A team of engineers at Stanford University have found a way to make the metal wiring in solar cells nearly invisible to incoming light. Typically, the wiring in solar cells reflects light away from the cell like a mirror. Obviously, this is not efficient for a device that is supposed to be absorbing light and harnessing its energy to make electricity. This new way to hide wires could improve the relative efficiency of solar cells by as much as ten percent.
Lead researcher Vijay Narasimhan explains, “Using nanotechnology, we have developed a novel way to make the upper metal contact nearly invisible to incoming light. Our new technique could significantly improve the efficiency and thereby lower the cost of solar cells.” The design uses silicon nanopillars—an emerging type of metamaterial is excellent at trapping light. To test their idea, the researchers created a model of a solar cell with a thin film of perforated gold on top of a sheet of silicon. They created silicon nanopillars, which poked through microscopic holes in the gold and acted as funnels to capture light and guide it into the silicon substrate.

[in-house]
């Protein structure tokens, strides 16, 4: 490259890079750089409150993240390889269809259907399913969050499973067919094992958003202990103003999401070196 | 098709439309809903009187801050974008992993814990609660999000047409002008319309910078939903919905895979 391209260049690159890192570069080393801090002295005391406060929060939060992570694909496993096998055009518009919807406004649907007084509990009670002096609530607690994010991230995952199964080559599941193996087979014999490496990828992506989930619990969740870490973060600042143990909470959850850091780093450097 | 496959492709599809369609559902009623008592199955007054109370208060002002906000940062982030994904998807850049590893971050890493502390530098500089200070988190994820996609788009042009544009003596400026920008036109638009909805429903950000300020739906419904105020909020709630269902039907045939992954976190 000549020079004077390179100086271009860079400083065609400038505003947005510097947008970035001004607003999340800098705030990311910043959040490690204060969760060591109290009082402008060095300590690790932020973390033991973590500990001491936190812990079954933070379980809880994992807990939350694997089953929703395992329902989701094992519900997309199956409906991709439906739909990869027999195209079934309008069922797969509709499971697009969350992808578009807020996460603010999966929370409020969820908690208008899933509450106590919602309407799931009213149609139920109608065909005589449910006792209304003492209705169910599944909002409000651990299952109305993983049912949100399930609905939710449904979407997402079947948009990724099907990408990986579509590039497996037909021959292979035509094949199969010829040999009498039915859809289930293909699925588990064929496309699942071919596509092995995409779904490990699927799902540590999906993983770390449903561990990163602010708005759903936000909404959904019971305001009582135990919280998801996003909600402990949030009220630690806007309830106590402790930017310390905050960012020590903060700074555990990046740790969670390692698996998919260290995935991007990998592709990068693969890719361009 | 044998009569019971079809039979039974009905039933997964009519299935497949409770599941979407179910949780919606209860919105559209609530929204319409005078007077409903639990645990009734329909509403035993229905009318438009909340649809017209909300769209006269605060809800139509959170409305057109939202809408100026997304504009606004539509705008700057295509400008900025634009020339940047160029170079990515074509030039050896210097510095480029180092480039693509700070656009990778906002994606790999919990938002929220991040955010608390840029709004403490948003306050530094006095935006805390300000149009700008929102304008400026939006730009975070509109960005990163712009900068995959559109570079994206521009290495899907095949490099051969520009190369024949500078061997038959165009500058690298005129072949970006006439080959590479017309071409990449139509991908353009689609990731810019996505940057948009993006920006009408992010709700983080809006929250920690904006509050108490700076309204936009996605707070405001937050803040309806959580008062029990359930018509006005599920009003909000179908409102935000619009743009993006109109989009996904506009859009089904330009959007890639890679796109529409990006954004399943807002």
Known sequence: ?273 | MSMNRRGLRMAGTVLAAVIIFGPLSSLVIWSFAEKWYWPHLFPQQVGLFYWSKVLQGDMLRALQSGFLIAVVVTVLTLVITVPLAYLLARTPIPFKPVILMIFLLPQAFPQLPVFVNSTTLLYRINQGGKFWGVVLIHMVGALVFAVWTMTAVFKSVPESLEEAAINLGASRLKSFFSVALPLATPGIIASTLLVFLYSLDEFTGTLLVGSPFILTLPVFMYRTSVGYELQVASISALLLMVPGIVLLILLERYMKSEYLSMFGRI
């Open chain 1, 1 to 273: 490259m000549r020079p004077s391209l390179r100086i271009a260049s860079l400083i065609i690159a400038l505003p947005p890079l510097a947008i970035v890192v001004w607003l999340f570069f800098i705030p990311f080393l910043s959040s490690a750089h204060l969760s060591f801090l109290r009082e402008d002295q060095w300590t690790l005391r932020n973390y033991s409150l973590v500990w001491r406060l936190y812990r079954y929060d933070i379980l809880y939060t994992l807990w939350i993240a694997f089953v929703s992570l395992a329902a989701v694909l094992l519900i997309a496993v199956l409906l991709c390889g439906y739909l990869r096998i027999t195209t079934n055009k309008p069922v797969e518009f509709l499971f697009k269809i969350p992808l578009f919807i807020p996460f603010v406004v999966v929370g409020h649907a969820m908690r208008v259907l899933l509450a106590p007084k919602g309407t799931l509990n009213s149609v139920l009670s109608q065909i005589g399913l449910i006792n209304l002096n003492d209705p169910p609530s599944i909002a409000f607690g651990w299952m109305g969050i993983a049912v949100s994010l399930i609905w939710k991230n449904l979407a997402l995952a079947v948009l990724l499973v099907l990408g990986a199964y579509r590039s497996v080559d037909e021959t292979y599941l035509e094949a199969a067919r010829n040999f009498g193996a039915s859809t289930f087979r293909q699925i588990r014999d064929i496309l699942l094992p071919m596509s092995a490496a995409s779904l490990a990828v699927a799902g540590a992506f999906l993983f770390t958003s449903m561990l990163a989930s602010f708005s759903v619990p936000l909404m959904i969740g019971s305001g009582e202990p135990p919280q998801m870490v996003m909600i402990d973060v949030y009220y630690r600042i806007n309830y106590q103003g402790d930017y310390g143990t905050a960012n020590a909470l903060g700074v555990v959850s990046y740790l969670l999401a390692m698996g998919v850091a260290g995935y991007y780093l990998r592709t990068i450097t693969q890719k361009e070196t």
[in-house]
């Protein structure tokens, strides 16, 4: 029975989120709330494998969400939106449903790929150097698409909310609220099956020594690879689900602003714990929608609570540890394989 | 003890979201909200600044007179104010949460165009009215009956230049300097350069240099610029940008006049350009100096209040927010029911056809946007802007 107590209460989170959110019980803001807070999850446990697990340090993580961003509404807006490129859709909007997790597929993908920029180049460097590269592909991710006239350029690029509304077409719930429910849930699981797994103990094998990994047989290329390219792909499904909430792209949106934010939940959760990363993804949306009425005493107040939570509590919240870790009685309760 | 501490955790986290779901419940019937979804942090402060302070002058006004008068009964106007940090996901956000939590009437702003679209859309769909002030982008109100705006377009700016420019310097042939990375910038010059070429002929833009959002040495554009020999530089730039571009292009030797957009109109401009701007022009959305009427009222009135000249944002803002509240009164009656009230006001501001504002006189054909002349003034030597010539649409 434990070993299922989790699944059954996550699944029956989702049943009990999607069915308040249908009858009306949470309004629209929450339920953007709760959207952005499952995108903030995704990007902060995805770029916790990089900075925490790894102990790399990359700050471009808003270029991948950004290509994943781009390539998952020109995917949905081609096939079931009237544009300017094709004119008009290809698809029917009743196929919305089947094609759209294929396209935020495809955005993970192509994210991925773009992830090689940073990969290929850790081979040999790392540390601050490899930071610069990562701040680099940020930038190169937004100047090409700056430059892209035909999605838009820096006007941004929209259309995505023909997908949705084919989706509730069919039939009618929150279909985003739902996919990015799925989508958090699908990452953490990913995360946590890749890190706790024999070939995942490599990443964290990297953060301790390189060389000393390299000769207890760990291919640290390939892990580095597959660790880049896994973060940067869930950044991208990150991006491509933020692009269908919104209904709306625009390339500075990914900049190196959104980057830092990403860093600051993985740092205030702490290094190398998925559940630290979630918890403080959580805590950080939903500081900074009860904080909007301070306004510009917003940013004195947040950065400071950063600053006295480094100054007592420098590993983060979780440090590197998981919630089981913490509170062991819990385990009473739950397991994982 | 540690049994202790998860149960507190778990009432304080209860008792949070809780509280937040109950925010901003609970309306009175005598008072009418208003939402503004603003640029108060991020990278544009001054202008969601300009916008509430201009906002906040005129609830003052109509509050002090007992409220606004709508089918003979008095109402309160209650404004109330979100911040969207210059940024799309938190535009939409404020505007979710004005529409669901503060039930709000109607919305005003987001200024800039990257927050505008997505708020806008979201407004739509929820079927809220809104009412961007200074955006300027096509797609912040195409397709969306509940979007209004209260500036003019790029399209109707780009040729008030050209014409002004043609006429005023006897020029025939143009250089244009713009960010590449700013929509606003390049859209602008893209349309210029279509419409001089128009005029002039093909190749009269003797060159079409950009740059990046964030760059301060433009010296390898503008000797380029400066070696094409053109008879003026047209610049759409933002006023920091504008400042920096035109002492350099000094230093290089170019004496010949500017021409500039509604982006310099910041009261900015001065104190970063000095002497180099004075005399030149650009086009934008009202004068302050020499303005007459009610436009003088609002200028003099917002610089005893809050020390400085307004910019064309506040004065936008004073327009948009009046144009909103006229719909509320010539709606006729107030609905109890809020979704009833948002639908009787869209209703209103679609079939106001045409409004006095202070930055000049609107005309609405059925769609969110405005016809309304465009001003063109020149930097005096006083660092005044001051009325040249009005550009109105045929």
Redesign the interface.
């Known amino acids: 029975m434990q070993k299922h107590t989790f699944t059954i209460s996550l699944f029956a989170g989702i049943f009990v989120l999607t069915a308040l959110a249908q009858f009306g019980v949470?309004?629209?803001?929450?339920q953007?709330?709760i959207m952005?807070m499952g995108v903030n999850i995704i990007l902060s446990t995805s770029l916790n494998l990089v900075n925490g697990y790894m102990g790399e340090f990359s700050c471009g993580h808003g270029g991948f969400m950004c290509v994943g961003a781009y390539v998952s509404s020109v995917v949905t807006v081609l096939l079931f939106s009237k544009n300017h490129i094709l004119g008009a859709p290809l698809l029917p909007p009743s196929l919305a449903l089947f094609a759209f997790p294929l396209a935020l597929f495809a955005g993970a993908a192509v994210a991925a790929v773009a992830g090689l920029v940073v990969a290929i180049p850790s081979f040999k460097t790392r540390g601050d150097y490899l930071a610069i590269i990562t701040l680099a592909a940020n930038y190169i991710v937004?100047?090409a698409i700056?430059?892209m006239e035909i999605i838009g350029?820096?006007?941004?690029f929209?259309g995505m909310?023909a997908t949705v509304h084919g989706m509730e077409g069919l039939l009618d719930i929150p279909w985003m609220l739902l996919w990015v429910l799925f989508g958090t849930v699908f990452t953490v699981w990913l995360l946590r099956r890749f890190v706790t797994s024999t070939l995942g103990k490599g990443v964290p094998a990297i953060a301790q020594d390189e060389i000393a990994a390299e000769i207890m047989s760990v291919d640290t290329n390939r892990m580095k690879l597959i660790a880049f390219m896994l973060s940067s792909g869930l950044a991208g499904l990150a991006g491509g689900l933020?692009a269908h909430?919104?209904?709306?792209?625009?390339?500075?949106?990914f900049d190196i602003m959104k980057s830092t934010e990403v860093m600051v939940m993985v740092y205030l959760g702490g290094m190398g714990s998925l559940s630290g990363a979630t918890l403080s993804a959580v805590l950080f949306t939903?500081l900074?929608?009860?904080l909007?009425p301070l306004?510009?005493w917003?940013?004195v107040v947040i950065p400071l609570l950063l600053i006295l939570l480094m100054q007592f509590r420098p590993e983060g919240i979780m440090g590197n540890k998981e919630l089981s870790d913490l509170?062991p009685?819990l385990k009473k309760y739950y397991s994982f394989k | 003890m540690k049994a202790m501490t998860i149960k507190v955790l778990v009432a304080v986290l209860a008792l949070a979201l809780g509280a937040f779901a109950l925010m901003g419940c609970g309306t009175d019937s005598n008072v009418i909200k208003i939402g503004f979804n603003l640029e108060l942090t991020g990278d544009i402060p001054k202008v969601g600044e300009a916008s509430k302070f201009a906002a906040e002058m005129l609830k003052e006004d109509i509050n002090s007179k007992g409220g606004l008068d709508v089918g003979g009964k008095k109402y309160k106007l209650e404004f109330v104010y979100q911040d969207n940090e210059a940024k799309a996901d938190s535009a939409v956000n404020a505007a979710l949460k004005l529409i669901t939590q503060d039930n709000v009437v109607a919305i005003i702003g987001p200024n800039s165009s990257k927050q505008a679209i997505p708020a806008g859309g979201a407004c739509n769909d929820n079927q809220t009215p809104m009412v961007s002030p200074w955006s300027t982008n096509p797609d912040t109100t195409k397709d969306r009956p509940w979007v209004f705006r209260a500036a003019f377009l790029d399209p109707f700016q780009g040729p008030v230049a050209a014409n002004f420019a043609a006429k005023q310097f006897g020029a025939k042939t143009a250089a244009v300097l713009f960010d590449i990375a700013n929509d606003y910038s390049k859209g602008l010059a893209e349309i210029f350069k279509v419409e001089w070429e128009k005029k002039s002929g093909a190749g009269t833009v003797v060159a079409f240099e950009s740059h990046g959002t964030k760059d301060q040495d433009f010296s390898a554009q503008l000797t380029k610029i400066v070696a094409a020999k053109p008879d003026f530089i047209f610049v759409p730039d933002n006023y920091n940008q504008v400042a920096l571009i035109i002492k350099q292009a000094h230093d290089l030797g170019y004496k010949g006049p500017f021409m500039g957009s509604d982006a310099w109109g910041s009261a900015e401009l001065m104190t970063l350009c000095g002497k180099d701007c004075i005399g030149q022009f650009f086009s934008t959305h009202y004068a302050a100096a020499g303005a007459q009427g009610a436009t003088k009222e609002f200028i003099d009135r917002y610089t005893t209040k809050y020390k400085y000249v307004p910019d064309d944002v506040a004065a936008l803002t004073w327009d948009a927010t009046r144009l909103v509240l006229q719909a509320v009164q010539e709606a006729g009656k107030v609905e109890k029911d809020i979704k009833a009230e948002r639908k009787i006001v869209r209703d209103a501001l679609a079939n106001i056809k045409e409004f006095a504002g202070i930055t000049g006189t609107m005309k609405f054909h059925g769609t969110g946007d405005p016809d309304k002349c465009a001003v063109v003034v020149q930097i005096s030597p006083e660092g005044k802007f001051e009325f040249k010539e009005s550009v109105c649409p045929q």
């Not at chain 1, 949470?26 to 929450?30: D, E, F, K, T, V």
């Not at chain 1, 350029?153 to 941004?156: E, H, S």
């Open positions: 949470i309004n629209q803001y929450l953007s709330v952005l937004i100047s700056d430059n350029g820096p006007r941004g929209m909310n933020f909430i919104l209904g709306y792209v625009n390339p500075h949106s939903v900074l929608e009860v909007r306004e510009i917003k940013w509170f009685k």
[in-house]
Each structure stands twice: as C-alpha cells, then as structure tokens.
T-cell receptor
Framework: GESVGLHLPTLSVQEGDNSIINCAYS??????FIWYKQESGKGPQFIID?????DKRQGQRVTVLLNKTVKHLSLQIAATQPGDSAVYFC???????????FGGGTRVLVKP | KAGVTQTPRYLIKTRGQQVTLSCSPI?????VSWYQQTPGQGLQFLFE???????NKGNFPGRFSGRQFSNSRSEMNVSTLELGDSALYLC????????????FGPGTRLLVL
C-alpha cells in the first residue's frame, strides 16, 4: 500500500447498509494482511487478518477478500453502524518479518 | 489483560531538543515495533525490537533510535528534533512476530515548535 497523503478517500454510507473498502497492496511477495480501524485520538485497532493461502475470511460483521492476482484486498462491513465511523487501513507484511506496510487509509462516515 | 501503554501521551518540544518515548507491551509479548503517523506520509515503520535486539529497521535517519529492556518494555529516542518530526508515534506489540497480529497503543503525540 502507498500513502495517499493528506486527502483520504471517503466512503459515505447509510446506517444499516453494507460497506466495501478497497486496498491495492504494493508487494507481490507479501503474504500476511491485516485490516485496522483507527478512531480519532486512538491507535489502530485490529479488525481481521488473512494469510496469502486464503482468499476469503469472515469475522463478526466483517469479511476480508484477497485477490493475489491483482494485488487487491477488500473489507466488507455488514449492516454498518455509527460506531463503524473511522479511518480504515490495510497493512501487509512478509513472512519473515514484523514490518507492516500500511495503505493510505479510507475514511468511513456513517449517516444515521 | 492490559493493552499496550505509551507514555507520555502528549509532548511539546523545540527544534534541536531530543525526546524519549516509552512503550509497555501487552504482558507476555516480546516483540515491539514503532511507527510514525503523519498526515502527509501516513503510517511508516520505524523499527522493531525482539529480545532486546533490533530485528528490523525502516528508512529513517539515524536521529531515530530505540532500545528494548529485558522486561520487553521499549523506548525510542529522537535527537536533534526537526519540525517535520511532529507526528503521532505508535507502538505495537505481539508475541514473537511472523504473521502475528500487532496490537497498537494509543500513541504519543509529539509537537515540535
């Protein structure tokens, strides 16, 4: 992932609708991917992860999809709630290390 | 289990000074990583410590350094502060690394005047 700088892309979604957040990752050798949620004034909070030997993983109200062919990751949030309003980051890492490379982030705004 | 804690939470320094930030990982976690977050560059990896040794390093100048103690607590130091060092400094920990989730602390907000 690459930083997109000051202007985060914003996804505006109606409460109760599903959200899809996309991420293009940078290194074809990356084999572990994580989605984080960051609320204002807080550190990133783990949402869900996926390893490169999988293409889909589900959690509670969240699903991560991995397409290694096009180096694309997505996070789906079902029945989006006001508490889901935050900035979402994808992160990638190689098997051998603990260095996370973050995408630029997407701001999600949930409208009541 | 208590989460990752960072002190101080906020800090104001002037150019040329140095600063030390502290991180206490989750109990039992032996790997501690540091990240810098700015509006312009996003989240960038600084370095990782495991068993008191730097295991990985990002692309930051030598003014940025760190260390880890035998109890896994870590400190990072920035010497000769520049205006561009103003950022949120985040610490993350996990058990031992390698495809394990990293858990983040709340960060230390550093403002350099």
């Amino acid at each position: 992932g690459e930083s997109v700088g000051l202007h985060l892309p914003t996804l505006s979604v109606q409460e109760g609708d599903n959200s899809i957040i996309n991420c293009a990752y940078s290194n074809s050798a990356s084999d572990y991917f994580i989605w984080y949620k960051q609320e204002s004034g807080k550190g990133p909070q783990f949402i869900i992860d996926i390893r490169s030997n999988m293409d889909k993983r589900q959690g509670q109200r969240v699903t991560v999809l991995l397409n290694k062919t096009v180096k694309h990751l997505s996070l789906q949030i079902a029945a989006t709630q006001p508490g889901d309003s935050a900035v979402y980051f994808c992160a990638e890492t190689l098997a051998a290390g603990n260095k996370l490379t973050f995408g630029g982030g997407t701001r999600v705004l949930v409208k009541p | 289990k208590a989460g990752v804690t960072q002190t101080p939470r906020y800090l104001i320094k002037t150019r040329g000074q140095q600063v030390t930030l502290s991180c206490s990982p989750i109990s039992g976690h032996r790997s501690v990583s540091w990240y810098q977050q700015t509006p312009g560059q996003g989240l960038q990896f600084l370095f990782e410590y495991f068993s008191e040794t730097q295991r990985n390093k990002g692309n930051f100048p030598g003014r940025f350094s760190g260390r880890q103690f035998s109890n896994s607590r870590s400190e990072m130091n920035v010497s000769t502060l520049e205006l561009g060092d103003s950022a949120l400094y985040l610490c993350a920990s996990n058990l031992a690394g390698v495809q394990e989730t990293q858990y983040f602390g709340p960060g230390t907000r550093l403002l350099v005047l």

To design solar cells, the semiconductor and the metal contacts are typically built separately, according to the researchers. However, their suggests that it would be better to take a hybrid approach where the two materials are designed and fabricated together.